bookshop, and order one *today*.

But do read the book.


Only *after* buying a copy.
--
Flash Gordon, living in interesting times.
Web site - http://home.flash-gordon.me.uk/
comp.lang.c posting guidelines and intro:
http://clc-wiki.net/wiki/Intro_to_clc


Jun 2 '06 #27
2006-06-02 <11************ *********@u72g2 000cwu.googlegr oups.com>, santosh wrote:
as far as gr**********@go ogle.com is concern I got the link by
as the serch result of google itself.


Try giving this defense in court.

Google only provides a search service for material on the Internet.
Their legality is something that the user has to be aware of.


So it's legal for Google to link to it but not for a private citizen to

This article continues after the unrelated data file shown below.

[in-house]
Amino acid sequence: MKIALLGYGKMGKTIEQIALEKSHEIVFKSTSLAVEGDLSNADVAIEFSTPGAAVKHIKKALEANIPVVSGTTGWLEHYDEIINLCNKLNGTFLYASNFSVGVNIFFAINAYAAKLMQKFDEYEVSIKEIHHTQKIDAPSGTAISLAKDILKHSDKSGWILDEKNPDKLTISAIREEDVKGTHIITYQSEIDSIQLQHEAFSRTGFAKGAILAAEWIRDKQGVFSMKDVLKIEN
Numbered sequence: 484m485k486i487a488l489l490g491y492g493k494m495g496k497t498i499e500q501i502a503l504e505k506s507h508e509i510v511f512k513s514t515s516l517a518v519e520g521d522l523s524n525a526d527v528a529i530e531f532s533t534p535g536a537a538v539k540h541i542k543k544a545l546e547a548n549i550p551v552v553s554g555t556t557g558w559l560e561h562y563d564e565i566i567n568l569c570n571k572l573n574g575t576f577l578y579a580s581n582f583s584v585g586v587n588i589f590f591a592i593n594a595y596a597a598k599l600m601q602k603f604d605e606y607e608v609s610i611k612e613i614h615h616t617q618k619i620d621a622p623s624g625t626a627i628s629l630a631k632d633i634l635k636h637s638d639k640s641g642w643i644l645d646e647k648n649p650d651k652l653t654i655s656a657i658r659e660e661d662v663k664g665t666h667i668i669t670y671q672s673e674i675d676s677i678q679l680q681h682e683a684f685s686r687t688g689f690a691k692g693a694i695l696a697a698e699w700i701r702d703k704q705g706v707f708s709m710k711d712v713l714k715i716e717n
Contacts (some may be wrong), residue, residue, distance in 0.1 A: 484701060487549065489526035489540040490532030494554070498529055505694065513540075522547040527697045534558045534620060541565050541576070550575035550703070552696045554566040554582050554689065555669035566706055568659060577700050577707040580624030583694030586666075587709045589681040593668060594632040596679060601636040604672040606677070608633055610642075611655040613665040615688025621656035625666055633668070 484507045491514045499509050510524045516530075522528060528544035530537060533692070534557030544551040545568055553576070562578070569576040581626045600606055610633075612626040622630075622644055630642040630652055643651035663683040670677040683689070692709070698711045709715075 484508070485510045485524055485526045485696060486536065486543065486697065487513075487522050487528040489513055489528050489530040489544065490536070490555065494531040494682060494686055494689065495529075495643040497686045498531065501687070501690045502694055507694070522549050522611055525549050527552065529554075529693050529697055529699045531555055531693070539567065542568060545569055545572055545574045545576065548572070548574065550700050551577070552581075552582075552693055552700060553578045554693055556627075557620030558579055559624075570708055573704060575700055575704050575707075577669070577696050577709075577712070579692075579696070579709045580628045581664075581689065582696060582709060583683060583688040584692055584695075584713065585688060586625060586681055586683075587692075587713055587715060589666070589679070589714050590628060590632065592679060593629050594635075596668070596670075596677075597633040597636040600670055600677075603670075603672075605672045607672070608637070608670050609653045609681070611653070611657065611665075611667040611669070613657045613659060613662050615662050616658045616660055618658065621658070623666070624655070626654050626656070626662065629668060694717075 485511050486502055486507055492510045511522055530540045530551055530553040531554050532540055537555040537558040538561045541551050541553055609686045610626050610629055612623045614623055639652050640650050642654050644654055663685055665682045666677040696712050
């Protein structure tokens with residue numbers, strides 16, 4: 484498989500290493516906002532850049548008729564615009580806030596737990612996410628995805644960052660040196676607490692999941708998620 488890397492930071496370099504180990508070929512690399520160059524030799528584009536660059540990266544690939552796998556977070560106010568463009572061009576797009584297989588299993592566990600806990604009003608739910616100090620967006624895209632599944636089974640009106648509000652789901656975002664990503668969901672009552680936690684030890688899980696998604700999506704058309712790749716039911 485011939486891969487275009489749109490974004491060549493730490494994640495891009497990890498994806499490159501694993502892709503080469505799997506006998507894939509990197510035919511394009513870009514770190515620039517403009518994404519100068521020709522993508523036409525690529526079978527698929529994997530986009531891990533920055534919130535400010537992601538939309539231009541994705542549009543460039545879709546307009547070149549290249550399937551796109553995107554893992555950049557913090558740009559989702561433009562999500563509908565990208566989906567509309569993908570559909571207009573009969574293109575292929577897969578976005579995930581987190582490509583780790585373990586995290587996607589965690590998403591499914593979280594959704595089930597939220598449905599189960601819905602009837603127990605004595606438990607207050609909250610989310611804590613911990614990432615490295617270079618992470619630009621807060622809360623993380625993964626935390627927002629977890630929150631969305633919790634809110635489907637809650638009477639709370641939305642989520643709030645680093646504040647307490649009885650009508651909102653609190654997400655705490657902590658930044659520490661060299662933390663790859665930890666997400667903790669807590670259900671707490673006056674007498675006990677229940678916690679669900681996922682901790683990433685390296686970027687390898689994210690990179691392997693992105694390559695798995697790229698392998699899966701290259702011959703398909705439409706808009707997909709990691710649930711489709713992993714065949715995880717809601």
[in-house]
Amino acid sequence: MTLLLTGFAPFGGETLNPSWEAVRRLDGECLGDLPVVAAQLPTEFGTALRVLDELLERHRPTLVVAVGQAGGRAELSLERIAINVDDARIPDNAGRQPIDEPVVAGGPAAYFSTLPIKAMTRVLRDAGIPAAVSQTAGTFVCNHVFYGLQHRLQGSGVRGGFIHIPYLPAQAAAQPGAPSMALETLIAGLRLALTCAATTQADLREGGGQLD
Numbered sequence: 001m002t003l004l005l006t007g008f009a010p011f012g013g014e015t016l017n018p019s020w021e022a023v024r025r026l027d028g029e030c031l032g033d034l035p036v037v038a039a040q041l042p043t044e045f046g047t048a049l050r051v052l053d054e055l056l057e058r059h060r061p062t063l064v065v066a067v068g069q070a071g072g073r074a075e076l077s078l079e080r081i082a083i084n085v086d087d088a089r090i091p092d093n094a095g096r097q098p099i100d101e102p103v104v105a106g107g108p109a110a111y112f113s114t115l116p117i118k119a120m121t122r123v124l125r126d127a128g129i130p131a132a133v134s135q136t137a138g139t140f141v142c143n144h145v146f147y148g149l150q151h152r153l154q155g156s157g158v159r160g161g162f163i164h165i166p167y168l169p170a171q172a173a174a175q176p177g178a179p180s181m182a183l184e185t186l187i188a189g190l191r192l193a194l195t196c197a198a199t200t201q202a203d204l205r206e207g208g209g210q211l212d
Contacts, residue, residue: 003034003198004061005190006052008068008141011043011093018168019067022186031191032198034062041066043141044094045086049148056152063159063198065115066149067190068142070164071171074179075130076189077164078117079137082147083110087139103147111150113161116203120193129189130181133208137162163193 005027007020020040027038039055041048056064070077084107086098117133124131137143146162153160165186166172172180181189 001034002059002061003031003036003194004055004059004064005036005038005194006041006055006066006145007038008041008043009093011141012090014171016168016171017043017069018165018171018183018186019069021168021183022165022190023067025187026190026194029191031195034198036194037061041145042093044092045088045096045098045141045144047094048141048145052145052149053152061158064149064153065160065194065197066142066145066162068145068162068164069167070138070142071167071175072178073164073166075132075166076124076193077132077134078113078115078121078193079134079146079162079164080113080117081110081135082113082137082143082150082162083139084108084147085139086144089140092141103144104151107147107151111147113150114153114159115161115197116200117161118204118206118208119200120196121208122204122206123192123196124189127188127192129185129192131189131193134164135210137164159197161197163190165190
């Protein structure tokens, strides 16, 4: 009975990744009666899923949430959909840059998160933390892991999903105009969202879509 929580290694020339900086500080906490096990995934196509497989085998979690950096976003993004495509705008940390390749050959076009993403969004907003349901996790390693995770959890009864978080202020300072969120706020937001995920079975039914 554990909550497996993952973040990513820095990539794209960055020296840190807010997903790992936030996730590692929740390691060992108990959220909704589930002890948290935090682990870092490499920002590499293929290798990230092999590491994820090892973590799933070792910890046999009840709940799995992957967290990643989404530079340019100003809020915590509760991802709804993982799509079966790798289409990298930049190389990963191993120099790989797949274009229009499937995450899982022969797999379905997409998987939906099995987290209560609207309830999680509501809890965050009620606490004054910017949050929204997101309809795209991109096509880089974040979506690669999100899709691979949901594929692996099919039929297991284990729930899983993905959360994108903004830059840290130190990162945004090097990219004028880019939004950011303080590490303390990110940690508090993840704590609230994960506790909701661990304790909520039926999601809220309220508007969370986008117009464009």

do so? (Not that I agree with copyright violation, but how's he supposed
to know that a search result he found isn't legitimate?)
Jun 2 '06 #28

Jordan Abel wrote:
2006-06-02 <11************ *********@u72g2 000cwu.googlegr oups.com>, santosh wrote:
as far as gr**********@go ogle.com is concern I got the link by
as the serch result of google itself.


Try giving this defense in court.

Google only provides a search service for material on the Internet.
Their legality is something that the user has to be aware of.


So it's legal for Google to link to it but not for a private citizen to
do so? (Not that I agree with copyright violation, but how's he supposed
to know that a search result he found isn't legitimate?)


[1] It is difficult (if not impossible) to build such discretion in a
system.
It is however perfectly acceptable to ask for such a quality among